New on Netflix: Ryan Murphy programs an A.I. to read ‘The Andy Warhol Diaries’ aloud

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New on Netflix: Ryan Murphy programs an A.I. to read ‘The Andy Warhol Diaries’ aloud

Premieres Wednesday: The Andy Warhol Diaries — Let's say you're making a docuseries about Andy Warhol. You've got the requisite archival footage and modern-day interviews with luminaries like John Waters and Rob Lowe. What you're missing is audio of the quintessential pop artist himself reading aloud from his diaries. What do you do? You program an A.I. to do it, like a Speak & Spell that thinks it's going to be famous for 15 minutes. Well, that's what you do if you're Ryan Murphy, anyway, and you have no reputation for taste or restraint to sacrifice. (Netflix)

Byron Baes — From Down Under comes a reality series about 14 influencers who live in work in the lovely Australian beach town of Byron Bay. Observed Karl Stefanovic, co-host of that country's Today program: "I'd rather put my eyeball in a cheese grater." Guess that means he's a Squid Game man. (Netflix)

The Last Kingdom — The fifth and final season of the medieval drama introduces a new antagonist in the form of Constantin, a character based on the real-life Scottish king Constantine of Alba. And sadly not on Constantine the evil Kermit from Muppets Most Wanted, because imagine the memes that would have generated. (Netflix)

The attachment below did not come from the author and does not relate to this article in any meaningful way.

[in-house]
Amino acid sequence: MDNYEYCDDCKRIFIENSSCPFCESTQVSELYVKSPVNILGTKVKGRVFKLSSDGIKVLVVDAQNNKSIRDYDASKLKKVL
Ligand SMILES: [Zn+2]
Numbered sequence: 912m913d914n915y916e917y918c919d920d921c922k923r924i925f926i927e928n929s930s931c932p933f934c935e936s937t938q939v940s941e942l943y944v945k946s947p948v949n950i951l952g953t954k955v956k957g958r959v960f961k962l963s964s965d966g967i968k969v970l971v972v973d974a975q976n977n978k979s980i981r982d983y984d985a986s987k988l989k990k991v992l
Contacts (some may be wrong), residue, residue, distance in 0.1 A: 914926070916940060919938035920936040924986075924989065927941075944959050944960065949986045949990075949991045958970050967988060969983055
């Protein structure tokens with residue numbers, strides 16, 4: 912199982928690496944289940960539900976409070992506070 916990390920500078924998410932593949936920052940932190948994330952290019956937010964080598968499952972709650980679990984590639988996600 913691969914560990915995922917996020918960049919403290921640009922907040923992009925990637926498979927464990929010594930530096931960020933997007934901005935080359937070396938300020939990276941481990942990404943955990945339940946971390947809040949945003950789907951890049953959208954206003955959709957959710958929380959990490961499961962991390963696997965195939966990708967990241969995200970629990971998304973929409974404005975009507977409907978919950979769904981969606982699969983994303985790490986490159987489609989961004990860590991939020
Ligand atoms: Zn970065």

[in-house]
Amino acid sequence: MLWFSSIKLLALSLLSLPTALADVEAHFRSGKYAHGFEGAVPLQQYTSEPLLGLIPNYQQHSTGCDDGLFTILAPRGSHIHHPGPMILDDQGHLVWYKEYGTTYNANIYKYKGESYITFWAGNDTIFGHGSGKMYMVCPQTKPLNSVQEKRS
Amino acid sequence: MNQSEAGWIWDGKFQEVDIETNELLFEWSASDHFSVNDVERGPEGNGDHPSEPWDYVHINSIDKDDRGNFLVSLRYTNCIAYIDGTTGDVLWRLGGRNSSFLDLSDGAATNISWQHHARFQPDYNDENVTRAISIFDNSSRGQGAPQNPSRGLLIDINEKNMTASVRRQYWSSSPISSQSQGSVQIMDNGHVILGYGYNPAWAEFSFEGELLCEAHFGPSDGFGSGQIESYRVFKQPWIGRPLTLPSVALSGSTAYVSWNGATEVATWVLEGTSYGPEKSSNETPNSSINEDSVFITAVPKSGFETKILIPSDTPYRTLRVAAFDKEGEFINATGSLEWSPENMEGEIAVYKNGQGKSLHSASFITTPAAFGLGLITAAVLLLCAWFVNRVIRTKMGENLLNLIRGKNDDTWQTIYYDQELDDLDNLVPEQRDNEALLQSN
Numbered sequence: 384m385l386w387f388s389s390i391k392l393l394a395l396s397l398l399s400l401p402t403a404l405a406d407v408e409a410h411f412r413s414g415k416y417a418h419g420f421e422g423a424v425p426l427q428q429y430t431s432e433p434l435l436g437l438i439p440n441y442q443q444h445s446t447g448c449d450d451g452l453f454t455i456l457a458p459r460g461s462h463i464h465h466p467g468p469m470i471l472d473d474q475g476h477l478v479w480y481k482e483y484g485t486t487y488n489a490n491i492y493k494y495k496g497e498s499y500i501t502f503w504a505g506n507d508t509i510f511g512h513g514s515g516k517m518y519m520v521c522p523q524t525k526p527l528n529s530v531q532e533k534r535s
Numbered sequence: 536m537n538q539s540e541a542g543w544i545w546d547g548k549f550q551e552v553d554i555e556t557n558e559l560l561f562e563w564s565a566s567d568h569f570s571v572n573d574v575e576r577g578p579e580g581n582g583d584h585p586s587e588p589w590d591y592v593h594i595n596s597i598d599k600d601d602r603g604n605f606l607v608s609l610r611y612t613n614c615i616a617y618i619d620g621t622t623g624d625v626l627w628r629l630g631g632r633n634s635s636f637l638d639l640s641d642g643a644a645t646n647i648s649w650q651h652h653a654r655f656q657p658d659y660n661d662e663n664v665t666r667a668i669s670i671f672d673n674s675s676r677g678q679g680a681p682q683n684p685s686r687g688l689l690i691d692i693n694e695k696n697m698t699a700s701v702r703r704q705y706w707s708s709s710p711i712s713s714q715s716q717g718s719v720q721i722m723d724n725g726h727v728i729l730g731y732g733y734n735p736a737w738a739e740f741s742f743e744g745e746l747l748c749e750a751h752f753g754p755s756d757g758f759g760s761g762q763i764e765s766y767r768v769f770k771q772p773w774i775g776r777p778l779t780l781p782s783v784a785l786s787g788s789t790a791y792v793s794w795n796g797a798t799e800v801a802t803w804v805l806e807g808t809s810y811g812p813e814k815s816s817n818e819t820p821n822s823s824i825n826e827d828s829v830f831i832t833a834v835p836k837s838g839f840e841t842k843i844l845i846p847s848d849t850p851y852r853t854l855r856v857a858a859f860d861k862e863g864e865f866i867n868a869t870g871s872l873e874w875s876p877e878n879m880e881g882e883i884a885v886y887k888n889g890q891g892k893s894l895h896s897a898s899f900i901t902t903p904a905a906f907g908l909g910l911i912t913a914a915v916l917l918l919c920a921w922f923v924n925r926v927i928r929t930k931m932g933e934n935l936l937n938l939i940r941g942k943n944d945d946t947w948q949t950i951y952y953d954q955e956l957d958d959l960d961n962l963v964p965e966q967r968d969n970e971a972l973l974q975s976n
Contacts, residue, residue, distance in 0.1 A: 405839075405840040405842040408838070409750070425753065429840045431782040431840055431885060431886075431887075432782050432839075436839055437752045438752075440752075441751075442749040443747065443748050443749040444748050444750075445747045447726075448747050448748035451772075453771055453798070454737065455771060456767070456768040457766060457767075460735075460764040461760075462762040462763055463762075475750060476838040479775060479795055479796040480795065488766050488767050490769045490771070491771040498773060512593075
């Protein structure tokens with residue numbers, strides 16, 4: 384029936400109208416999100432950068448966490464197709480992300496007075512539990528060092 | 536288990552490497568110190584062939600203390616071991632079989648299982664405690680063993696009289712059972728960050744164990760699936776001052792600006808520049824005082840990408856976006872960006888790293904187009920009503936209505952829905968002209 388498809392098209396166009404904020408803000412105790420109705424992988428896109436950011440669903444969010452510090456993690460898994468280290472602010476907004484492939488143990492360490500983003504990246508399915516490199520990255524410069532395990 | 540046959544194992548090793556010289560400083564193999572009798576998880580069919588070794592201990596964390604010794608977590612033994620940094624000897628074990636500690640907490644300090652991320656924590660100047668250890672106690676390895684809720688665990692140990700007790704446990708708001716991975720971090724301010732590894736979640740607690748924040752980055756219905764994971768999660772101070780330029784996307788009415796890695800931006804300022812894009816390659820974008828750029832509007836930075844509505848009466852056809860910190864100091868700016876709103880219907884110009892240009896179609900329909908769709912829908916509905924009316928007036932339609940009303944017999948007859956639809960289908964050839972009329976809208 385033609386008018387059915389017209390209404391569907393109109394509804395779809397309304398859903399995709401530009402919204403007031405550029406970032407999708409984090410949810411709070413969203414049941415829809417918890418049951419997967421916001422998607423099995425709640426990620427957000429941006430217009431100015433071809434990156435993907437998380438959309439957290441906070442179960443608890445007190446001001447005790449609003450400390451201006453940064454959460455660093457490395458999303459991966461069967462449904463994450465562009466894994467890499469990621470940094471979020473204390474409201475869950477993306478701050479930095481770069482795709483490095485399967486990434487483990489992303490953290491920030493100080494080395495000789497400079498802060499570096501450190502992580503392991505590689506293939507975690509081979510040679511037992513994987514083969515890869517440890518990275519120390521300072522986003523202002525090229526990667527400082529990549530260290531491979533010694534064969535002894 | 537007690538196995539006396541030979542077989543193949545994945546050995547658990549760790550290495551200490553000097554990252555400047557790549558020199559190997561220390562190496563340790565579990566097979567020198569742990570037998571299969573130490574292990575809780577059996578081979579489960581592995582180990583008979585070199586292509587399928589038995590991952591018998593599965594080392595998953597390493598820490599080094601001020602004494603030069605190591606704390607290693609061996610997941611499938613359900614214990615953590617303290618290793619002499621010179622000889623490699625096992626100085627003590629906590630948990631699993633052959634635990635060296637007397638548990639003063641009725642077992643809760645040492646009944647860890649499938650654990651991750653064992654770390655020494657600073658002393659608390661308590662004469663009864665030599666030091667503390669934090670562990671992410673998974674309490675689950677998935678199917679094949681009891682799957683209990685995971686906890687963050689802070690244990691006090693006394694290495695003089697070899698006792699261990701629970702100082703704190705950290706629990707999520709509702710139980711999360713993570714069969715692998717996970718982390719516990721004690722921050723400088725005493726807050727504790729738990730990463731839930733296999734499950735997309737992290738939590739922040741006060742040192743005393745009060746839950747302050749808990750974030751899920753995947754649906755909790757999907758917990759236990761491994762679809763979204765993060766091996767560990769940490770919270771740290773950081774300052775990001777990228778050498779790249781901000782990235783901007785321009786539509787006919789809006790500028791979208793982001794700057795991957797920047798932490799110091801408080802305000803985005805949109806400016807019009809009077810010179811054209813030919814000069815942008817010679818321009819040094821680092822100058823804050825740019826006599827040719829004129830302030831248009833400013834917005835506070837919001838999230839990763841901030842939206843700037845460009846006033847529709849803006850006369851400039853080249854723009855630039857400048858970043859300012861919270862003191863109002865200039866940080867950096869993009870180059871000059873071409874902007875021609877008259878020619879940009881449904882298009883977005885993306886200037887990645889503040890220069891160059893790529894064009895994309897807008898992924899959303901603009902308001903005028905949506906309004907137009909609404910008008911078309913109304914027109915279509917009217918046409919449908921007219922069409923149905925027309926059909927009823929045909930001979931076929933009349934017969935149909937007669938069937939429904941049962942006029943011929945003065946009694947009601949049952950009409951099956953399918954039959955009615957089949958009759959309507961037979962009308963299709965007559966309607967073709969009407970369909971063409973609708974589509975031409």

Queer Eye Germany — The beloved makeover franchise hits Deutschland in its first-ever international edition. Gosh, I don't know how they found five Germans who were willing to pass judgment on anybody. (Netflix)

Premieres Thursday: Bust DownSNL cast member Chris Redd is one of the headliners of a scripted comedy about young casino workers who have to cope with the reality that their jobs offer no hope of advancement. Given that Lorne Michaels is the executive producer, I'm guessing there's some real-world inspiration going on here. (Peacock)

Good Trouble — Season 4 finds our cast of young Los Angelenos once again trying to balance their personal lives with their work in the fields of law clerking, software engineering and bartending. Bartending? Sounds like somebody hit the jackpot! (Freeform, Hulu)

Karma's World — Positive portrayals of the Black experience netted a second season for Ludacris' animated family show, and also got it nominated for three NAACP Image Awards. Now if we could just get the PAW Patrol to end their "Stop, sniff and frisk" policy ... (Netflix)